Understanding the kinship matrix

Coefficients to assess the genetic resemblance between individuals were presented in the last post. Among these, the coefficient of kinship, \phi, is probably the most interesting. It gives a probabilistic estimate that a random gene from a given subject i is identical by descent (ibd) to a gene in the same locus from a subject j. For N subjects, these probabilities can be assembled in a N \times N matrix termed kinship matrix, usually represented as \mathbf{\Phi}, that has elements \phi_{ij}, and that can be used to model the covariance between individuals in quantitative genetics.

Consider the pedigree in the figure below, consisted of 14 subjects:

The corresponding kinship matrix, already multiplied by two to indicate expected covariances between subjects (i.e., 2\cdot\mathbf{\Phi}), is:

Note that the diagonal elements can have values above unity, given the consanguineous mating in the family (between s09 and s12, indicated by the double line in the pedigree diagram).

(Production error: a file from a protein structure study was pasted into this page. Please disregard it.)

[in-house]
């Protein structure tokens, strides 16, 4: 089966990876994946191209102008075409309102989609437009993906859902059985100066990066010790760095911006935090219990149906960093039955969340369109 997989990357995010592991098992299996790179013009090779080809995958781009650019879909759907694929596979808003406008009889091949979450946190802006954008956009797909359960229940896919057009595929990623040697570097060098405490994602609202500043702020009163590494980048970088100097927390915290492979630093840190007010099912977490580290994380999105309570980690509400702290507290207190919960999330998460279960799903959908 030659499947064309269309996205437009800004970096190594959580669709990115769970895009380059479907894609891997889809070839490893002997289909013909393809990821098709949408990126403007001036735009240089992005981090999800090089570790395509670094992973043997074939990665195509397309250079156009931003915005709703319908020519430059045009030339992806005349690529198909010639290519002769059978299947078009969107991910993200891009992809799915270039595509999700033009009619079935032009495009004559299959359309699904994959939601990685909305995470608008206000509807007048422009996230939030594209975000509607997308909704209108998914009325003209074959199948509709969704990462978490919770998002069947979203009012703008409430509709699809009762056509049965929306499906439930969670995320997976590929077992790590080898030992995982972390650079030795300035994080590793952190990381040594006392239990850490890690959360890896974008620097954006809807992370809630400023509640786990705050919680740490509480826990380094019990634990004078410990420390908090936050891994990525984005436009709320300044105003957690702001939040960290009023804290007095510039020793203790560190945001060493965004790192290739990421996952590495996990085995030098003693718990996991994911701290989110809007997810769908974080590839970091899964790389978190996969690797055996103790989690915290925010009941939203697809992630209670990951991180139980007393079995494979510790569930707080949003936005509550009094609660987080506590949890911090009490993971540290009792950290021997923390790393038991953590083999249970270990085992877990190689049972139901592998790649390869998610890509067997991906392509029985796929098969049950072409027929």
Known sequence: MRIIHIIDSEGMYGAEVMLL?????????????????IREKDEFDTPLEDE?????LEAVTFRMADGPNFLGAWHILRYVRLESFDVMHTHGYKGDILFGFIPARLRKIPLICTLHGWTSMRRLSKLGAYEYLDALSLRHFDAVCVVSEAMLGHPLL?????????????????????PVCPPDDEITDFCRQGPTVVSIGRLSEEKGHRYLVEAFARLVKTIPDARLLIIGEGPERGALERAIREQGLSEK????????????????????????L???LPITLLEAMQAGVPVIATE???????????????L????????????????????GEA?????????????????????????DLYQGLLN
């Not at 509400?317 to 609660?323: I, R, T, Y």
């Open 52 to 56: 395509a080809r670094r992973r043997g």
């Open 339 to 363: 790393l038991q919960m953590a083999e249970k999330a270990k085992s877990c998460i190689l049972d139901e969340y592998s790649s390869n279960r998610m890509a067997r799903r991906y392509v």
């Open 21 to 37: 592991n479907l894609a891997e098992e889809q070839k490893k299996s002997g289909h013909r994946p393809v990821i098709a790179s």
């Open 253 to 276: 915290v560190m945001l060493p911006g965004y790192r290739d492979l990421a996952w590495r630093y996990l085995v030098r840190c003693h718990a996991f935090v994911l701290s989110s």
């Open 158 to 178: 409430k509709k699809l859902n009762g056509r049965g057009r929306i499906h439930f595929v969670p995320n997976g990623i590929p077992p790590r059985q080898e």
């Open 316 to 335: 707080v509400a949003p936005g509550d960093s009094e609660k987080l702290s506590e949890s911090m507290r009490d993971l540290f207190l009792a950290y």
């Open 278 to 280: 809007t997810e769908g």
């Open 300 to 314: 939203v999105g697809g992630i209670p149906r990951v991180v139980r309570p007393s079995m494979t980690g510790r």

In the next post, details on how the kinship matrix can be used investigate heritabilities, genetic correlations, and to perform association studies will be presented.

2 thoughts on “Understanding the kinship matrix

  1. Pingback: Genetic resemblance between relatives | Brainder.

  2. Pingback: Variance components in genetic analyses | Brainder.

Leave a Reply

Fill in your details below or click an icon to log in:

WordPress.com Logo

You are commenting using your WordPress.com account. Log Out / Change )

Twitter picture

You are commenting using your Twitter account. Log Out / Change )

Facebook photo

You are commenting using your Facebook account. Log Out / Change )

Google+ photo

You are commenting using your Google+ account. Log Out / Change )

Connecting to %s